As to products, we are continuing to focus on certain areas of products that we believe will give us a good return. We are doing that in our software segment, which you are seeing some of the results of today. We’ve been doing that in our DMT space as we’ve become the clear market leader in technology and advanced productivity systems around the world, and we have done it historically in our mailing business, where we have a fleet now of units that can upgrade their rates capability as the postal service makes change. And this is one of the major things in postal reform -- the post is going to want more flexibility on rates and we have a large fleet that is easily adaptable, and this is significantly different than others in the market.

We will look at how we can enhance this to take advantage of many of the new functionality that the postal service will be rolling out over the next 12 to 24 months to enhance the value for our customers.

Operator

And our next question comes from the line of Matt Troy with Citigroup. Please go ahead.

Matt Troy - Citigroup

A question; given a quarter that was very un-Pitney like, I know it’s difficult for you on that end, certainly for everyone on this end, I was just curious -- when did you first get a sense that the quarter was structurally beneath your expectations? Why weren’t you able to update investors sooner, given the magnitude of the miss? And I realize this could be just a perfect storm of several items coming together, but I wanted to get a directional sense of the items you listed, what were the major drivers of the shortfall? Were some more impactful than others? When did you get a sense that this quarter and your outlook for 4Q would be structurally beneath that which you previously articulated?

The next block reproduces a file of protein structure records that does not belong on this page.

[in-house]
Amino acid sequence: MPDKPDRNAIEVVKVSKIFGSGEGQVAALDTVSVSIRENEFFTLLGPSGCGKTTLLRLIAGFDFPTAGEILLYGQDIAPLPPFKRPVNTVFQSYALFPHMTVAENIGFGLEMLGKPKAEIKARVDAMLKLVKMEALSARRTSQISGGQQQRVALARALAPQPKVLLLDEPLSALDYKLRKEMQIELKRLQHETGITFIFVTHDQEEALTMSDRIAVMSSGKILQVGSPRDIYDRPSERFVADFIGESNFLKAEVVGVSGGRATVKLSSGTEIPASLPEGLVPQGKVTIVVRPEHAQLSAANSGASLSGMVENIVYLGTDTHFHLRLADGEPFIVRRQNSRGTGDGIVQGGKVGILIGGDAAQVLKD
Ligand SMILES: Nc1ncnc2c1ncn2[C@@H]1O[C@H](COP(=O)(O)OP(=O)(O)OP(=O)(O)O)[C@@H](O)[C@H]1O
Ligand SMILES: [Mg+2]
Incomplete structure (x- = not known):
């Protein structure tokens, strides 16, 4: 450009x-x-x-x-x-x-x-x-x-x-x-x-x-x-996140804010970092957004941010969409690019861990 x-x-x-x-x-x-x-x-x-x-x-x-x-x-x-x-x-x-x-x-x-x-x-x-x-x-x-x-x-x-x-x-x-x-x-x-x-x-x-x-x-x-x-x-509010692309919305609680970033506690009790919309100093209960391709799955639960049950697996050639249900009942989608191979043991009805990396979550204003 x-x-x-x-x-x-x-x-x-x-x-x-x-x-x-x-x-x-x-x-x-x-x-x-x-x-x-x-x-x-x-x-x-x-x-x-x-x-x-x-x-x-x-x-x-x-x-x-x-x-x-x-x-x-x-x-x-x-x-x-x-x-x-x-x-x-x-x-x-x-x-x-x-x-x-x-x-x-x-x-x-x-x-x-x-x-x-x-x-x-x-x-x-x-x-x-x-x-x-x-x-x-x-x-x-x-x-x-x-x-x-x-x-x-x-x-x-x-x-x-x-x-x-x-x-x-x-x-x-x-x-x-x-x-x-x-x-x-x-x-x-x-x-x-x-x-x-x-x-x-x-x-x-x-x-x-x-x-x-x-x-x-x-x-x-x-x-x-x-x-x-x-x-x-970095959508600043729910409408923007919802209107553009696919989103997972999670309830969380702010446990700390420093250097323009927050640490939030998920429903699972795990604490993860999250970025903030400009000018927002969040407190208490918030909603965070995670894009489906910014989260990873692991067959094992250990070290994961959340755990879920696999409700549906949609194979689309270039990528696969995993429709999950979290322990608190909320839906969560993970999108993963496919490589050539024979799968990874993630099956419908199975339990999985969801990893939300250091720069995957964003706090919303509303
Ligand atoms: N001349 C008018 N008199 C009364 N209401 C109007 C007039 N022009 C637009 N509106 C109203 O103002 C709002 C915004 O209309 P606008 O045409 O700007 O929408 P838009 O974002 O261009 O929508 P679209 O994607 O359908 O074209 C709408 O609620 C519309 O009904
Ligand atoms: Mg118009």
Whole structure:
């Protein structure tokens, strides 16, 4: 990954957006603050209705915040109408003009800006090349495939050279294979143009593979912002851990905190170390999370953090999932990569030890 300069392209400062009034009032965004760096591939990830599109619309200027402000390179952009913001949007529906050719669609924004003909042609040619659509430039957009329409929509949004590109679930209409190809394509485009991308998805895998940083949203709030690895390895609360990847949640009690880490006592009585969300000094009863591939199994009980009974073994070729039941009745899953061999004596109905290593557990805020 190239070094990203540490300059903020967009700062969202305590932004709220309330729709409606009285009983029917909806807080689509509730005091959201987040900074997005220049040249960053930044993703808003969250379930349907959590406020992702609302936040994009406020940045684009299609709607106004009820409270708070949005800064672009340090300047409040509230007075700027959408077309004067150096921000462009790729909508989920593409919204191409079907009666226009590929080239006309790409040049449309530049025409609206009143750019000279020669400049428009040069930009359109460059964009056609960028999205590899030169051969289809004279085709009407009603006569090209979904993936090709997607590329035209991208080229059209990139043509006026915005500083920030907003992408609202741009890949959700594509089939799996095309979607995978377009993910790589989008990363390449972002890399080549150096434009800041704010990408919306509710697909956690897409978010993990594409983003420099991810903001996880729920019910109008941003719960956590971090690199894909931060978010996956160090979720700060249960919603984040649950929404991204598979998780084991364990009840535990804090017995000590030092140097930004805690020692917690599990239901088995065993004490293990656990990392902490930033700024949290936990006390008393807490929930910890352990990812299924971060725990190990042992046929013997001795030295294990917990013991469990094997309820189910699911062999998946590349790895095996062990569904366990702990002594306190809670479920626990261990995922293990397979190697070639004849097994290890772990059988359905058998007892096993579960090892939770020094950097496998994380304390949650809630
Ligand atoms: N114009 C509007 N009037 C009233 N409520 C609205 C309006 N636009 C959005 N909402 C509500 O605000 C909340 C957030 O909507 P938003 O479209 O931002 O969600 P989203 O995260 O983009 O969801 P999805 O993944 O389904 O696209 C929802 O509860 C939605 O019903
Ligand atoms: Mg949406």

Murray D. Martin

Matt, as I mentioned, and as we’ve discussed, the results for a quarter tend to come in in the last week, in the last days, and that’s particularly true of our software business and of our lease trade-up business. And this is when we had expected to see a positive swing going forward.

Now, we saw at that point that there were some challenges. We still expected to be towards the bottom end of the range, but we did not expect to be where we have come out. I think you were exactly correct in the -- all of these items coming together at one time.

To give you an idea as to your question about are some more than others, basically the first three represented about 90% and they are about evenly split at about 30% each. That, just to reiterate, that was about 30% that was defined around the weakness that we saw in the economy and we did not expect those results to show up as they did, particularly in the finance sector, where we had some shutdowns of procurement that occurred at the end of the quarter.

Secondly, the U.S. mailing segment, that was about 30% and as I mentioned, we expected that to arrive at the end of the month of September, and international was about 30% and then the PBMS was about 10%.

Matt Troy - Citigroup

Okay. If I could maybe ask, and I’m sure you’ll share in greater details your plans at the November call, but some of the actions you spoke of in reaction to what you are seeing now in this business were internal facing. I was just curious, from a longer term perspective, the concern would be that you build these better technologies and these better services and this better hardware to accommodate for a much more dynamic requirement in a post-postal reform era. How do we get comfortable that you are going to be able to be compensated from your customers for that investment, in light of the current quarter results and some of the weakness? That ultimately, you will get an adequate return, you will be able to seek price -- what are some of the external facing strategies you are pursuing to make sure that you can recoup this investment to make your technology and product more valuable and viable?

Murray D. Martin

Well, I think there are a number of things there. Number one, as I was discussing, in software, we have combined assets to ensure that we can enhance the customer experience which delivers significantly more value. I was just with a customer this week and we were going over the results of the analysis of their mail with the new tools that are coming available and there were millions of dollars of benefit for that particular customer. And that customer was saying can you look at the rest of my facilities to see how much more benefit we can get?